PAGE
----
However, we wanted to see more about the limitations with this study, such as the need for longer-term data. The study’s authors said follow-up, which will continue through five years, is necessary to “fully characterize the safety and effectiveness of the device.”
Also, the story goes on to state that “doctors inserting the device first had to demonstrate their expertise doing so. An independent group of experts ascertained that patients’ medical care was optimal; all too often, heart failure patients do not receive ideal treatment.”
It’s worth exploring whether those “impeccable” conditions might have led to better relative outcomes for patients who received the device.
The lead states that “almost two million Americans have heart failure, and for them even mundane tasks can be extraordinarily difficult.”
Later, we’re told the number who might ultimately be treated will be less than the number who could be treated.
The story did not fully capture the fact that only a limited number of patients might actually benefit from this technology. In other coverage, the lead investigator was quoted saying that 10% of all patients with heart failure are similar to those in this trial.
The story did a mixed job.
On the plus side, it reported that the maker of the clip, Abbott, funded the study. It also reported that one of the physicians quoted “reported no relevant conflicts, but said that Columbia University gets royalties from the sale of the MitraClip.”
However, the story did not say whether other physicians who were quoted have conflicts of interest. At least one had a substantial conflict that we found. Gilbert Tang, MD, received $57,600 in payments from Abbott in 2017.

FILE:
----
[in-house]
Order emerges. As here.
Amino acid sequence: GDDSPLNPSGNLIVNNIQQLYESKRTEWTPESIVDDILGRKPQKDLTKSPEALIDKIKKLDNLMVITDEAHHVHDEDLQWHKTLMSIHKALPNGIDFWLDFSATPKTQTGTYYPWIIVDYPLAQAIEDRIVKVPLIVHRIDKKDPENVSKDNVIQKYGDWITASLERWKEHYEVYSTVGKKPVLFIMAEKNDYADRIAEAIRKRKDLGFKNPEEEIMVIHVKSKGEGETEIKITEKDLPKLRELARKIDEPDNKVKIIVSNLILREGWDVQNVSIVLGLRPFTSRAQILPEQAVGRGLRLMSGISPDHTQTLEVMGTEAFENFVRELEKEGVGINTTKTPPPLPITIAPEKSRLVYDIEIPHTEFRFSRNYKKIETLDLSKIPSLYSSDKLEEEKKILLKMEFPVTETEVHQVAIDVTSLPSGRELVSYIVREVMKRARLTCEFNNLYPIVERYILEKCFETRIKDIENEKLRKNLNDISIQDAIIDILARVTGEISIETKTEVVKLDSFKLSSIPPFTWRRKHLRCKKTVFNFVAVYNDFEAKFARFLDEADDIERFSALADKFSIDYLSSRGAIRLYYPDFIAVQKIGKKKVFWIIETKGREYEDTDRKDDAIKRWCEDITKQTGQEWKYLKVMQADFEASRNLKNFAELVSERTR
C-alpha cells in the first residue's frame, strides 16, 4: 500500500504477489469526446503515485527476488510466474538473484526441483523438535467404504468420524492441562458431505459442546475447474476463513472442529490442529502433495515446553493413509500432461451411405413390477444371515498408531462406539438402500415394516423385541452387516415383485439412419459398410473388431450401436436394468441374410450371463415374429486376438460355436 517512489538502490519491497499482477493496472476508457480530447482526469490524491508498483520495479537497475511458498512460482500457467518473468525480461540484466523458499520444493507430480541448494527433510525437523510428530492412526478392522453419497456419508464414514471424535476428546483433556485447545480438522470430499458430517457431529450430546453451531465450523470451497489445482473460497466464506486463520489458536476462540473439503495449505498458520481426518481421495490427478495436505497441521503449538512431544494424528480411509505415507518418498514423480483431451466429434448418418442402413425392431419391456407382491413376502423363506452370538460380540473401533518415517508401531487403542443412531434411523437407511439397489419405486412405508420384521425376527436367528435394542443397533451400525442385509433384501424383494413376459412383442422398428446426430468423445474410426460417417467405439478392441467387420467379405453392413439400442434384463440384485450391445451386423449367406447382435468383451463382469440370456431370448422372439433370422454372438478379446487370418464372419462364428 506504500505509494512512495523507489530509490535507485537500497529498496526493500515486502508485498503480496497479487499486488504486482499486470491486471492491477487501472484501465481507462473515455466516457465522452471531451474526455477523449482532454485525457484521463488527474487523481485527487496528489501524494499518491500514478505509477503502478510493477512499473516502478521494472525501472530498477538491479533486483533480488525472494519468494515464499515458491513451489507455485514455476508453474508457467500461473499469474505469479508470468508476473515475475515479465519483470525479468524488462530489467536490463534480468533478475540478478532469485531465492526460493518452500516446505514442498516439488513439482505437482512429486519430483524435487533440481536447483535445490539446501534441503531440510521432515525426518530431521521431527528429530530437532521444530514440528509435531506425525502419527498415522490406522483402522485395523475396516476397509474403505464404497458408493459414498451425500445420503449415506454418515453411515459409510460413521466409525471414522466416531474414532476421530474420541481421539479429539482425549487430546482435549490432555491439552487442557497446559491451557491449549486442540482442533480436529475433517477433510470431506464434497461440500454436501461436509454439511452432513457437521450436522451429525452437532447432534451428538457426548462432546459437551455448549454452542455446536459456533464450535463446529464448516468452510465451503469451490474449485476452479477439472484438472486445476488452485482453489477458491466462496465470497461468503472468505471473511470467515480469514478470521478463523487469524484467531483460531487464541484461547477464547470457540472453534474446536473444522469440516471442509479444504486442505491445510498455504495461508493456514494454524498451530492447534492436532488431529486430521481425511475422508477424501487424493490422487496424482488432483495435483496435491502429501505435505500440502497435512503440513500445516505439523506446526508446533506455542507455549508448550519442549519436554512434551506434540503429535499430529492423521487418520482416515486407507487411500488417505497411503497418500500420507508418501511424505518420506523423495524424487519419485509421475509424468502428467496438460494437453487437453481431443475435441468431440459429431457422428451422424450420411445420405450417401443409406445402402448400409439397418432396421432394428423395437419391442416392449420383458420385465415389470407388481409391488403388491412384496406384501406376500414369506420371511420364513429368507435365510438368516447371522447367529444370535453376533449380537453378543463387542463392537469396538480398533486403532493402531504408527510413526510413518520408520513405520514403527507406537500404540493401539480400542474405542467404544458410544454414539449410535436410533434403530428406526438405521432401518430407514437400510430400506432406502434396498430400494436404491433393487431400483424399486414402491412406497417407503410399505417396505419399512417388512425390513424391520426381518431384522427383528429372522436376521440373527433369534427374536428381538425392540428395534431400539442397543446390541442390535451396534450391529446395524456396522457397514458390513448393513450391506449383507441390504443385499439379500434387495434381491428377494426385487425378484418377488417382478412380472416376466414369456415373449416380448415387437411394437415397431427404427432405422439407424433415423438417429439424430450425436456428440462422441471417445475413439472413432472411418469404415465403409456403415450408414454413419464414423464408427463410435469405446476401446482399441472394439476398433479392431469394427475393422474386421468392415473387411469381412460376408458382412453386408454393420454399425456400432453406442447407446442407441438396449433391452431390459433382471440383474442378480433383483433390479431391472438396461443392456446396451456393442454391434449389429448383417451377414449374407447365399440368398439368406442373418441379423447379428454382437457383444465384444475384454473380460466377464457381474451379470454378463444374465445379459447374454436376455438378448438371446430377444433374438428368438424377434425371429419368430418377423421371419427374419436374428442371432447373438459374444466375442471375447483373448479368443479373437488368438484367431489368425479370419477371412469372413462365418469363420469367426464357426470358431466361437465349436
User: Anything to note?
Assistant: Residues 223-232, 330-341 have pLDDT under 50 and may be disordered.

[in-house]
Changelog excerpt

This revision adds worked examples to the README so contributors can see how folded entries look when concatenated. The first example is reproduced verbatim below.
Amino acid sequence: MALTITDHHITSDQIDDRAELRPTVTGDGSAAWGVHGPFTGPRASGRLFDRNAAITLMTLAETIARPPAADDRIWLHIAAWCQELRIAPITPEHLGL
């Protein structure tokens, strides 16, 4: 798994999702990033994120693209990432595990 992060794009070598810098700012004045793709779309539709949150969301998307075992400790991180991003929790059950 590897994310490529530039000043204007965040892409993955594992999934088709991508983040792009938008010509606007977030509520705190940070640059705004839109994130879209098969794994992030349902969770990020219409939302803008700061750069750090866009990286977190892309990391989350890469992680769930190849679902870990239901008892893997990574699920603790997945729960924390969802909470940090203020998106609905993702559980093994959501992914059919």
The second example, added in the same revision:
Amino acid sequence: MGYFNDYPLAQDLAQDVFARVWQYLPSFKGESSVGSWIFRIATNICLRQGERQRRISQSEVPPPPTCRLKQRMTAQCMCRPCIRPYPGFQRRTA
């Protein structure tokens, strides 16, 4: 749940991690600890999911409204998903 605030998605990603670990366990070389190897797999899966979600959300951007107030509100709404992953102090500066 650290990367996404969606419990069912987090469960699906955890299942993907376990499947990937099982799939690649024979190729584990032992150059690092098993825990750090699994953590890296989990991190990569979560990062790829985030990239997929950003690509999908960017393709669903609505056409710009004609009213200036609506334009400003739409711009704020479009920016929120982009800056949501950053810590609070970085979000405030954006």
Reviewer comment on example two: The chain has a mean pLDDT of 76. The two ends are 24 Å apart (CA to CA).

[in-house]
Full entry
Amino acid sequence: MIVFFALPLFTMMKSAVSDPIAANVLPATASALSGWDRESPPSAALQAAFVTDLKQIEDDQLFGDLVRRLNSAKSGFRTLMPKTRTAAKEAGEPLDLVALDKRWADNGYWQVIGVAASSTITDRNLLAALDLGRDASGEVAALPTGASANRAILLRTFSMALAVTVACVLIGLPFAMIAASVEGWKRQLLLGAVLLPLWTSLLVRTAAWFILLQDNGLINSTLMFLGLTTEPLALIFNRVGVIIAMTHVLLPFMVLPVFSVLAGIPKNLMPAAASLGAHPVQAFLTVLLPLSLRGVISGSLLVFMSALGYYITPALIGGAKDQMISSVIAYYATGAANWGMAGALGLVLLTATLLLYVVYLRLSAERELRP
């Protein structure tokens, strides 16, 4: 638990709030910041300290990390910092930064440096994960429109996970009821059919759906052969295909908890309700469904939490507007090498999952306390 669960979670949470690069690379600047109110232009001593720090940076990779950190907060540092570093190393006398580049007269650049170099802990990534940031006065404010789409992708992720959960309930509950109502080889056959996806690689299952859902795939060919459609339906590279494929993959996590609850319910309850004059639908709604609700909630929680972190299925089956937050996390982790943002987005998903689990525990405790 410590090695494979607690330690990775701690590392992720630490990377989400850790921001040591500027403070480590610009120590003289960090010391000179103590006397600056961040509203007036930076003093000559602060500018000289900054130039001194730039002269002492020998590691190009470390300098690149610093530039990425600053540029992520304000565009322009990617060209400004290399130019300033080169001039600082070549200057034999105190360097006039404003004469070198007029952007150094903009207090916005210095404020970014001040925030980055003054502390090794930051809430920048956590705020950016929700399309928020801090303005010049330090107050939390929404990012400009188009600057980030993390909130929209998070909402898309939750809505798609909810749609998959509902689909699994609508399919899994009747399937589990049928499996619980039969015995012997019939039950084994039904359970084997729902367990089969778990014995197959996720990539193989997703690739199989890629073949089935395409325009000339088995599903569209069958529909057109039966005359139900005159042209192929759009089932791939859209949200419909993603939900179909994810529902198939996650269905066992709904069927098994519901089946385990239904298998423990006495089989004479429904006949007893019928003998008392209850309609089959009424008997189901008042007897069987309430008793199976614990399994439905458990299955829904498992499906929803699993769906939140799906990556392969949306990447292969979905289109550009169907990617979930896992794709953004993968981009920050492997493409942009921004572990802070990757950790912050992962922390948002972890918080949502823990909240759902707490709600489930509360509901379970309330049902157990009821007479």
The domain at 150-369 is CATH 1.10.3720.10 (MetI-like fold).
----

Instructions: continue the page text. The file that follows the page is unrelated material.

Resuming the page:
Most importantly, all of the physicians quoted had some connection to the trial. The story would have benefited from at least one physician source who wasn’t a cheerleader for this device.
The story stated, “Until now, there has been little doctors can do” for people with heart failure, aside from drugs to control symptoms. This is perhaps a little pessimistic as there are a number of different medications that have been shown to improve outcomes in heart failure patients.
This was a strong point.
The story stated: “If the device is approved by the Food and Drug Administration for treatment of severe heart failure, as expected, then insurers, including Medicare, most likely will cover it.”
It also stated, “Not every cardiologist is equipped to insert the clip.”
The story quoted several doctors who spoke of the trial results in glowing terms: “huge advance” “very, very powerful message,” “game changer,” and “massive.”
But it downplayed another recent trial that showed the clip offered no benefit, saying “that research included many patients with less severe valve problems, the procedure was not performed as adeptly, and the patients’ medications were not as well optimized as in the new study.”
And the story didn’t mention that there’s a third trial, results of which are due to be released soon.
What the story also didn’t say is that some physicians are apparently waiting to see the results of all three trials before rendering a verdict.
As cardiologist John Mandrola, MD, put it on his blog:
What we have then is two randomized trials with conflicting results. That means we don’t know whether the device works, and we need a tie-breaker trial. Fortunately, one is coming soon.
The story doesn’t rely on a news release.